Chito Gascon’s legacy inspires advocates across generations to have the stonecutter’s faith
“Every single strike, every moment, whether in times of victory or frustration, what we do every day will make the difference,” said Chito Gascon, referencing the parable of the stonecutter.
In January, Asia Society Philippines, together PumaPodcast, BUKAS, and YouthLed - a project of The Asia Foundation and the United States Agency for International Development; launched “Kung Gusto Mo ng Pagbabago: The Chito Gascon Leadership Series” in honor of the late chairperson of the Commission on Human Rights. The series, hosted by broadcaster Roby Alampay, invites reform advocates across generations for a conversation on their experiences and challenges in pursuing change then and now. The conversations were presented on Facebook livestream and are now also a podcast.
Activism and advocacy are two sides of the same coin
From January to May, the five-part series will feature a luminary from a different field. In its pilot episode, “Kung Gusto Mo ng Pagbabago” invited Atty. Ted Te of the Free Legal Assistance Group (FLAG), for the keynote speech. He spoke on the theme of activism and advocating for change.
Te, an activist himself during Martial Law, recalls that studying the laws passed by the Marcos regime almost caused him to quit law school. But he realized that in order to change those laws, he needed to learn them. “[Before enacting meaningful change,] I would also need to change first. Change how I view the law, the role of lawyers, the roles of law and society.“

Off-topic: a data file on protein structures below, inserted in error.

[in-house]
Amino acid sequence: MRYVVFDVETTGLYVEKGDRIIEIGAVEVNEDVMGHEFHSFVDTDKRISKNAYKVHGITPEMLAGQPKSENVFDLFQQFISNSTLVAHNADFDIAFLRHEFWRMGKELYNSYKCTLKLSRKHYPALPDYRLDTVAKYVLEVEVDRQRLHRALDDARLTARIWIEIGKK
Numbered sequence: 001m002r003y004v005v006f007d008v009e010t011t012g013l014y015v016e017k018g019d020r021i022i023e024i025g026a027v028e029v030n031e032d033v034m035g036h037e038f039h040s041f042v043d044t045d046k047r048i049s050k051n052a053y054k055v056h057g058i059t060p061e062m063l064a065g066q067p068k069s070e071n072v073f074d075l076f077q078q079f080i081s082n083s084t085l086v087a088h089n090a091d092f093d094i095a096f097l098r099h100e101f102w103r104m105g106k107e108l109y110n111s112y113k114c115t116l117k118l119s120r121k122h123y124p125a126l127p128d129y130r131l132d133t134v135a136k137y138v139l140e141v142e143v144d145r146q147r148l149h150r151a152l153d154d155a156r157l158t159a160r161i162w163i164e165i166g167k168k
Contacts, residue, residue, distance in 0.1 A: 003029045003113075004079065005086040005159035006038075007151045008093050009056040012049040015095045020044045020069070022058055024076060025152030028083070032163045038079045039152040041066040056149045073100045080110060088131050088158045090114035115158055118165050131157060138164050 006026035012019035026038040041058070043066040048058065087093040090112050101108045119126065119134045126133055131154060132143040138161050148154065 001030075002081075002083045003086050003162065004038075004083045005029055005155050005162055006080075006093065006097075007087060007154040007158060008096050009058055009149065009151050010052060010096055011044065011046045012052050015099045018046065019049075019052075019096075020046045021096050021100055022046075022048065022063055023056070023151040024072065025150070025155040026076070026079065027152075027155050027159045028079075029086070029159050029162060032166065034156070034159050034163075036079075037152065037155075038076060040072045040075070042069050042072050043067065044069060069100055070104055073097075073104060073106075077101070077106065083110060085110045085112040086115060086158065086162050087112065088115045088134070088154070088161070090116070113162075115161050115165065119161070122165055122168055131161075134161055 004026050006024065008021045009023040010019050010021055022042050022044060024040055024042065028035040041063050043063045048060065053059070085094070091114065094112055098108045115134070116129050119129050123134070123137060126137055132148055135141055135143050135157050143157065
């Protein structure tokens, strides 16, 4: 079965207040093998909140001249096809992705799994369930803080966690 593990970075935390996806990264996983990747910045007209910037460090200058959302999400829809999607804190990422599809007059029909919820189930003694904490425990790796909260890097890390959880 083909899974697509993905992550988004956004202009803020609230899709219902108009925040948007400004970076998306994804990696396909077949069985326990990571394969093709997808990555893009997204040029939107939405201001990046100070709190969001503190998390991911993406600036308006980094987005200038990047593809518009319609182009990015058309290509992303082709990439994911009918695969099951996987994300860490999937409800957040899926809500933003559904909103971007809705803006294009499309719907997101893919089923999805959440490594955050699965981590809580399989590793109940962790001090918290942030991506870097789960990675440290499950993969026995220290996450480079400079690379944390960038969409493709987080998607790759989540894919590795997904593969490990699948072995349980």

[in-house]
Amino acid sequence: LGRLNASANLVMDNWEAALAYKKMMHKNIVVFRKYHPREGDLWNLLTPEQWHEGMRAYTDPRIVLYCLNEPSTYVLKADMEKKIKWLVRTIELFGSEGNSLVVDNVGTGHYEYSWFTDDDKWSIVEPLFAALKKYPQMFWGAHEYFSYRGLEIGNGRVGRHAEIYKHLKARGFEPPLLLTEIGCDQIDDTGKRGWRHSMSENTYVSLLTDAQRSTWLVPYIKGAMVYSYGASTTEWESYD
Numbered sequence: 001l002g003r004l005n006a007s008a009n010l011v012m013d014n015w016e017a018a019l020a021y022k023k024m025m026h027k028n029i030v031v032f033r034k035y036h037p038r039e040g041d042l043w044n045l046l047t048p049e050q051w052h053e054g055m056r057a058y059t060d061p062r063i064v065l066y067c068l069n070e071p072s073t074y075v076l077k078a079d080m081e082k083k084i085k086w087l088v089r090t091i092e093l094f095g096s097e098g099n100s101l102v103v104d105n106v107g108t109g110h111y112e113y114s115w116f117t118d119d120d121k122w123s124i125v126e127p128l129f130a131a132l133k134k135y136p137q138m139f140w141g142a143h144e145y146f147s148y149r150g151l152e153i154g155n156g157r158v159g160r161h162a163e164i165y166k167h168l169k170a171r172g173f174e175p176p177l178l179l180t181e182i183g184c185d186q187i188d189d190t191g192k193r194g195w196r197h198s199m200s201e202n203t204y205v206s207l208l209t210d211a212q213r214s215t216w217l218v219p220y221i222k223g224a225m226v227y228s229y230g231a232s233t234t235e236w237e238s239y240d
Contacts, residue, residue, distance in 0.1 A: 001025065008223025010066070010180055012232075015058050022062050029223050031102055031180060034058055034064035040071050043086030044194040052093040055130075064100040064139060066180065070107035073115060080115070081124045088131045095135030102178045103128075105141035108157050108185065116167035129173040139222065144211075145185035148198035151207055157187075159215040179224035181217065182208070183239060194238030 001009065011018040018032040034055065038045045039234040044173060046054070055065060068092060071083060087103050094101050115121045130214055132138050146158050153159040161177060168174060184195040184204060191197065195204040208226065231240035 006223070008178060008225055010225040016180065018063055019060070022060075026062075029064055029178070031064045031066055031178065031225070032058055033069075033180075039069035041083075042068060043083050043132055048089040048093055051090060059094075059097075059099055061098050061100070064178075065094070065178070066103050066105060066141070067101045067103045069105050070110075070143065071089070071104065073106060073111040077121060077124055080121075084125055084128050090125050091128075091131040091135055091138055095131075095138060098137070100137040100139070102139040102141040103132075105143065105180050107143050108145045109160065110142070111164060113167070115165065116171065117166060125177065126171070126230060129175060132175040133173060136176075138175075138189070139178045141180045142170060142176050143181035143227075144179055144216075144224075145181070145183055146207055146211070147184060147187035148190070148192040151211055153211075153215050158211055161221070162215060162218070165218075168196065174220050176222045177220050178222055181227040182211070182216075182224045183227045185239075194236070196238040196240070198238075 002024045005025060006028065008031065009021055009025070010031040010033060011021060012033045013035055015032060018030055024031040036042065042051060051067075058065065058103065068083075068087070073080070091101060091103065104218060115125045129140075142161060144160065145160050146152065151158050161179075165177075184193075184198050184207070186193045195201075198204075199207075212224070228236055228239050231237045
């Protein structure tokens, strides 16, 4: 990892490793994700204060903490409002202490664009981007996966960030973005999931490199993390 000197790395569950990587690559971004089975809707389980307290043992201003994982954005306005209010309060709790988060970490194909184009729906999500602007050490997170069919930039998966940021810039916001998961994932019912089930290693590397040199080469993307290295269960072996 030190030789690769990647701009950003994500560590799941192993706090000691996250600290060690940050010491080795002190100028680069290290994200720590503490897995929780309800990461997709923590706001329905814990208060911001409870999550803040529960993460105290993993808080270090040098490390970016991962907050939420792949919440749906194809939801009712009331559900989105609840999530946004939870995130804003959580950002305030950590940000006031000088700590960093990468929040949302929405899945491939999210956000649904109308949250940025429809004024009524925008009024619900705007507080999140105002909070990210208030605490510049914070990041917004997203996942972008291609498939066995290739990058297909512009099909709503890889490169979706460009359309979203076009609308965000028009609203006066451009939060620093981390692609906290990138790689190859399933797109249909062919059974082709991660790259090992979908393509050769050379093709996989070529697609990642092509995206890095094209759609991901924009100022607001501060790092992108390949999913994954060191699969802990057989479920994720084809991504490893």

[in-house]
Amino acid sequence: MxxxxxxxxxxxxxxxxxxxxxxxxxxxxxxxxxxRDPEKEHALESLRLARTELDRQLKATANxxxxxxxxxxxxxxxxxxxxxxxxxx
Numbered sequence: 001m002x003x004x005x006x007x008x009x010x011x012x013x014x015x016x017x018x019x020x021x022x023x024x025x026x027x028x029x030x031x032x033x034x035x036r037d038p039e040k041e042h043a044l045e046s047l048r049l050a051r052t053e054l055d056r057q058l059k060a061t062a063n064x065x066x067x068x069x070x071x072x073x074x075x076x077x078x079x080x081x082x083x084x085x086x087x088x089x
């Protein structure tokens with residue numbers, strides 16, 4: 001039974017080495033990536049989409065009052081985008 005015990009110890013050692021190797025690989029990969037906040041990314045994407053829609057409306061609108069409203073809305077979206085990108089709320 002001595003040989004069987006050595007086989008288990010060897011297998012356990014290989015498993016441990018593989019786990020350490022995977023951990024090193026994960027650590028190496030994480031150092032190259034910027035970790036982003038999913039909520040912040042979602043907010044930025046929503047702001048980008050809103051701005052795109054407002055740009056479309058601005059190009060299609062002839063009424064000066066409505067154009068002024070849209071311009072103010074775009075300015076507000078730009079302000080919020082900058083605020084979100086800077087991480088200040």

Stemming from his experience of standing up against these laws as well as studying them, he learned that activism and advocacy aren’t opposites, but partners.
“Activism, while important, has its limits,” he says. “Shouting outside the establishment can only work if people inside are willing to listen. Advocacy becomes essential when you're already inside the room and the person who is supposed to change things is about to listen.”
‘Lakasan ng loob’
The episode’s panel of young changemakers featured human rights lawyer Atty. Ross Tugade, Usapang Econ co-founder Maien Vital, and Ken Abante of the WeSolve Foundation who spoke about how they’ve applied and adapted lessons from the older generations to make changes of their own.
Abante, who has worked with Gascon and the late Mon Jimenez in putting together the Martial Law museum, says that in communicating change, it’s important to go back to the foundations of organizing: building trust.
“Don’t talk to people to convert them to a particular candidate, talk to them because you care. Dahil tao sila, first and foremost,” he says.
Atty. Tugade acknowledges the struggle many young people have in communicating with older generations to broaden their perspectives, and advises the youth to own and see the value in what they know. “Lakasan ang loob at maniwala sa capacity niyo to trigger a conversation.”
Vital, a recent PhD graduate from Cambridge University says “Discussing with fellow students and family members the issues [that you see in society] is a start, and are small things each of us can do.” As part of her larger efforts at sparking engagement and change, she and her colleagues founded Usapang Econ to educate and inspire young people to engage in civic issues by carving out their own spaces to amplify their voices.
Their advice might seem easier said than done. Even Atty. Te admits that fighting for change can be tiring. But the panel turns to Gascon's favorite parable: Keep pounding the rock, knowing one day, it will break.
Episode 2, “Speaking Truth to Power” goes live on Asia Society Philippines’ Facebook page on February 24, 2022 at 6pm, featuring Sheila Coronel, Atom Araullo, and more. To hear highlights from each episode, follow “Kung Gusto Mo ng Pagbabago: The Chito Gascon Leadership Series” wherever you listen to podcasts.